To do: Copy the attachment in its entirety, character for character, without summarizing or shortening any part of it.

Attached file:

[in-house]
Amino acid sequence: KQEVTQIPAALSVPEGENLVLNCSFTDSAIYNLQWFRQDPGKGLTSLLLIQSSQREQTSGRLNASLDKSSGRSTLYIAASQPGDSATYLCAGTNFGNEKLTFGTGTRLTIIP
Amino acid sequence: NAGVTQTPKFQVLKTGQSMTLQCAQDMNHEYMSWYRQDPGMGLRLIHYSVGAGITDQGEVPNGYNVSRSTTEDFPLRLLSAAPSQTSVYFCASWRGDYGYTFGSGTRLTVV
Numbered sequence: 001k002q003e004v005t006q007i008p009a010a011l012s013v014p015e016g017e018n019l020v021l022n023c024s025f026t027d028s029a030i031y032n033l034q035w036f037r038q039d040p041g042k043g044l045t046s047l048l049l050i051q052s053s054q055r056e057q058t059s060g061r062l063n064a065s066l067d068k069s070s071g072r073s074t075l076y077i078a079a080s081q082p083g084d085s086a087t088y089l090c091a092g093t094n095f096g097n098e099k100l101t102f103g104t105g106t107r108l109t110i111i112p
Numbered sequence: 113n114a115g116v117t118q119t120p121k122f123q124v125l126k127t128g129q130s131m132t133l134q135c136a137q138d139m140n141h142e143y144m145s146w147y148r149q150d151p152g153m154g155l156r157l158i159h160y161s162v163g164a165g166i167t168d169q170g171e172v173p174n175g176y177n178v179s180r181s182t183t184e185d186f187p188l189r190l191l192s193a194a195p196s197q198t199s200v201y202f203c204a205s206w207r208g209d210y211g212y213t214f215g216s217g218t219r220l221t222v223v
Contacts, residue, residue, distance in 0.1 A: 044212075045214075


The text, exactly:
[in-house]
Amino acid sequence: KQEVTQIPAALSVPEGENLVLNCSFTDSAIYNLQWFRQDPGKGLTSLLLIQSSQREQTSGRLNASLDKSSGRSTLYIAASQPGDSATYLCAGTNFGNEKLTFGTGTRLTIIP
Amino acid sequence: NAGVTQTPKFQVLKTGQSMTLQCAQDMNHEYMSWYRQDPGMGLRLIHYSVGAGITDQGEVPNGYNVSRSTTEDFPLRLLSAAPSQTSVYFCASWRGDYGYTFGSGTRLTVV
Numbered sequence: 001k002q003e004v005t006q007i008p009a010a011l012s013v014p015e016g017e018n019l020v021l022n023c024s025f026t027d028s029a030i031y032n033l034q035w036f037r038q039d040p041g042k043g044l045t046s047l048l049l050i051q052s053s054q055r056e057q058t059s060g061r062l063n064a065s066l067d068k069s070s071g072r073s074t075l076y077i078a079a080s081q082p083g084d085s086a087t088y089l090c091a092g093t094n095f096g097n098e099k100l101t102f103g104t105g106t107r108l109t110i111i112p
Numbered sequence: 113n114a115g116v117t118q119t120p121k122f123q124v125l126k127t128g129q130s131m132t133l134q135c136a137q138d139m140n141h142e143y144m145s146w147y148r149q150d151p152g153m154g155l156r157l158i159h160y161s162v163g164a165g166i167t168d169q170g171e172v173p174n175g176y177n178v179s180r181s182t183t184e185d186f187p188l189r190l191l192s193a194a195p196s197q198t199s200v201y202f203c204a205s206w207r208g209d210y211g212y213t214f215g216s217g218t219r220l221t222v223v
Contacts, residue, residue, distance in 0.1 A: 044212075045214075